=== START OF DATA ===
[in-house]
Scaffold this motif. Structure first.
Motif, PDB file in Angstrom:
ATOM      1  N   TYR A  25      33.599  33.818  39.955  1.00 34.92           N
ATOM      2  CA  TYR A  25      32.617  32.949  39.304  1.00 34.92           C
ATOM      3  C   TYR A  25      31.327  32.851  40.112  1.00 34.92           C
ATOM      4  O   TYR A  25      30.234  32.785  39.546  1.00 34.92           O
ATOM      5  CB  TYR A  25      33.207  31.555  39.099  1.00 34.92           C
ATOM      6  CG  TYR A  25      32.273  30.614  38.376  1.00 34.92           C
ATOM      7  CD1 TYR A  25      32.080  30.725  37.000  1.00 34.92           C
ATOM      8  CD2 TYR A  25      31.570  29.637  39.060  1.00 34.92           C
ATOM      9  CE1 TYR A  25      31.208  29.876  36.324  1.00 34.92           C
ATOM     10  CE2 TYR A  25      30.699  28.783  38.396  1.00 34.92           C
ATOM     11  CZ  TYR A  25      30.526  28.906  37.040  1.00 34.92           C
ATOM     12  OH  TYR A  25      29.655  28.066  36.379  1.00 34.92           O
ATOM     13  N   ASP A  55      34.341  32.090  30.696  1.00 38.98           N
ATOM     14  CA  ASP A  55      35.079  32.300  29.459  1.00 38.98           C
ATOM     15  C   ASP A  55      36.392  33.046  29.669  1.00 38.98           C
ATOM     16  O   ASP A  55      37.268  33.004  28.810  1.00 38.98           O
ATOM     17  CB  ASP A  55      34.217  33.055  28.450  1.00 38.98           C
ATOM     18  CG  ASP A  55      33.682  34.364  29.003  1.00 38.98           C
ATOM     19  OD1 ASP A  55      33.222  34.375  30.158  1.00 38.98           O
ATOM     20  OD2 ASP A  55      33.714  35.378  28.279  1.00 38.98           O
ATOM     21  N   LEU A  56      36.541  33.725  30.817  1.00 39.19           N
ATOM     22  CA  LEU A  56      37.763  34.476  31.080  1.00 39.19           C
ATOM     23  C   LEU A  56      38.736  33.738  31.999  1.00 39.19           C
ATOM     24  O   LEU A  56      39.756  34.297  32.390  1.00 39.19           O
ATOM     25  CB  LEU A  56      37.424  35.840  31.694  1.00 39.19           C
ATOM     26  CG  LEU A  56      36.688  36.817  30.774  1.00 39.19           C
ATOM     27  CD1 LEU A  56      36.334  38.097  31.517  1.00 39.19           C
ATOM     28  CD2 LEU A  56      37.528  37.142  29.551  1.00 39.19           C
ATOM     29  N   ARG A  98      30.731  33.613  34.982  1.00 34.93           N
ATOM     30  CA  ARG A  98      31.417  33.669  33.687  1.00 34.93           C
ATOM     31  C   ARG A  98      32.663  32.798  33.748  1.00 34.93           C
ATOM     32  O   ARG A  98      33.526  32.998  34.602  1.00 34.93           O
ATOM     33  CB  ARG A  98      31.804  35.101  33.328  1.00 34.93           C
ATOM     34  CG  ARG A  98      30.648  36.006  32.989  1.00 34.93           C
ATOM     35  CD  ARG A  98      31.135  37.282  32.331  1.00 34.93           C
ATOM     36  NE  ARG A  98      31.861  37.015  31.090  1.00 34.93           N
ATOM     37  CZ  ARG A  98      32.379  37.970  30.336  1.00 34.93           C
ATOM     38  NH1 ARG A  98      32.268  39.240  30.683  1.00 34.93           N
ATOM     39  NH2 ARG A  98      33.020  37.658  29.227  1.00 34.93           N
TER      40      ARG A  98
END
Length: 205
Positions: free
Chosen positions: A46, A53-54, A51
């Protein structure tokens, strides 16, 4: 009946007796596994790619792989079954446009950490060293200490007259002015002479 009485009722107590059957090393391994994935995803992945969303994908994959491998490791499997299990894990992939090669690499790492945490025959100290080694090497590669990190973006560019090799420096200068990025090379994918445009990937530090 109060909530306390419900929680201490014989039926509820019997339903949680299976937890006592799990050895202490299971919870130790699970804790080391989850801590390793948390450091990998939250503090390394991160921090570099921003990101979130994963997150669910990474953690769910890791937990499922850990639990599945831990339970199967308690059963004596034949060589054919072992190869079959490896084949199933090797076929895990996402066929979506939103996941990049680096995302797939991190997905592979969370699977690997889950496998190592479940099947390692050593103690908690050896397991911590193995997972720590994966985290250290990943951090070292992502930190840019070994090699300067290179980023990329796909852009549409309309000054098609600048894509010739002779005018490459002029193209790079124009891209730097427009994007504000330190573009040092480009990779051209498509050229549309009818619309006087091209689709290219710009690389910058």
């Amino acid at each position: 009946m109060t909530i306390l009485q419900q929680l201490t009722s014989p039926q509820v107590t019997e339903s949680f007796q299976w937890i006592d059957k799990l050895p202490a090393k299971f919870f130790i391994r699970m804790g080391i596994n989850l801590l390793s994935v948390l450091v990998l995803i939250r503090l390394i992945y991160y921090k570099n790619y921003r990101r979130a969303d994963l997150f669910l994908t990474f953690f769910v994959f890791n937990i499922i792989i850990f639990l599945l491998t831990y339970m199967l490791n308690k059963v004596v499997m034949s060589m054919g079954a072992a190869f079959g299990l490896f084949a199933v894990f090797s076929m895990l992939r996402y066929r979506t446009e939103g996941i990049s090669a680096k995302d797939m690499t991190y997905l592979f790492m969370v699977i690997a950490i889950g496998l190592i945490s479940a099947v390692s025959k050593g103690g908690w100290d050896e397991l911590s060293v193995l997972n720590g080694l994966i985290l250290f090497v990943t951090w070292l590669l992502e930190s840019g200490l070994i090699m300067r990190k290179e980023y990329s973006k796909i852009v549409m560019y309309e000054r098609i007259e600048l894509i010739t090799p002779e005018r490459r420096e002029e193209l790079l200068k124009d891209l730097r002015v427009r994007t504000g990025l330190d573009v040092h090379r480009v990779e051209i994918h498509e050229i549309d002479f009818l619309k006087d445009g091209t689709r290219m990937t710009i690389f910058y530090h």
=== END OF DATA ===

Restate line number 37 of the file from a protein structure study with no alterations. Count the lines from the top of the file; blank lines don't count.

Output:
ATOM     34  CG  ARG A  98      30.648  36.006  32.989  1.00 34.93           C